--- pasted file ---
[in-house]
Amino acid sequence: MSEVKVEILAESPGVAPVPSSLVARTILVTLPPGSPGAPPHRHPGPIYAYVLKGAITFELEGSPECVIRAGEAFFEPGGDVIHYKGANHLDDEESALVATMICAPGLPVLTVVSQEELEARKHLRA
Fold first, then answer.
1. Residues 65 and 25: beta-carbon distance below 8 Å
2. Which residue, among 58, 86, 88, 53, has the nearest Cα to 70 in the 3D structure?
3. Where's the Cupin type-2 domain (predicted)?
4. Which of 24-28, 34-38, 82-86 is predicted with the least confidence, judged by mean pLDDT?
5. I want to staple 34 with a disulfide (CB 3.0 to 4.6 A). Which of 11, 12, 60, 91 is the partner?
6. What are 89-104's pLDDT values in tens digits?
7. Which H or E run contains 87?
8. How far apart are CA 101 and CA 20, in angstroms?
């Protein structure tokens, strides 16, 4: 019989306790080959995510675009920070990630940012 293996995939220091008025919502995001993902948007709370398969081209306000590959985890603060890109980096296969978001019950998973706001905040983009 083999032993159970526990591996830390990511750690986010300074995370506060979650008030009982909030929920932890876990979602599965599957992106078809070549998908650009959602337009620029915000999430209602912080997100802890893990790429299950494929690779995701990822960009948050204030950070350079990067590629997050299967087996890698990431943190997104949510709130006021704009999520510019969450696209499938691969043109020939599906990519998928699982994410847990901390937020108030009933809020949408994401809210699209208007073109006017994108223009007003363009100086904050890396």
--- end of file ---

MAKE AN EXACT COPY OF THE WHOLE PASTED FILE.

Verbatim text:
[in-house]
Amino acid sequence: MSEVKVEILAESPGVAPVPSSLVARTILVTLPPGSPGAPPHRHPGPIYAYVLKGAITFELEGSPECVIRAGEAFFEPGGDVIHYKGANHLDDEESALVATMICAPGLPVLTVVSQEELEARKHLRA
Fold first, then answer.
1. Residues 65 and 25: beta-carbon distance below 8 Å
2. Which residue, among 58, 86, 88, 53, has the nearest Cα to 70 in the 3D structure?
3. Where's the Cupin type-2 domain (predicted)?
4. Which of 24-28, 34-38, 82-86 is predicted with the least confidence, judged by mean pLDDT?
5. I want to staple 34 with a disulfide (CB 3.0 to 4.6 A). Which of 11, 12, 60, 91 is the partner?
6. What are 89-104's pLDDT values in tens digits?
7. Which H or E run contains 87?
8. How far apart are CA 101 and CA 20, in angstroms?
């Protein structure tokens, strides 16, 4: 019989306790080959995510675009920070990630940012 293996995939220091008025919502995001993902948007709370398969081209306000590959985890603060890109980096296969978001019950998973706001905040983009 083999032993159970526990591996830390990511750690986010300074995370506060979650008030009982909030929920932890876990979602599965599957992106078809070549998908650009959602337009620029915000999430209602912080997100802890893990790429299950494929690779995701990822960009948050204030950070350079990067590629997050299967087996890698990431943190997104949510709130006021704009999520510019969450696209499938691969043109020939599906990519998928699982994410847990901390937020108030009933809020949408994401809210699209208007073109006017994108223009007003363009100086904050890396």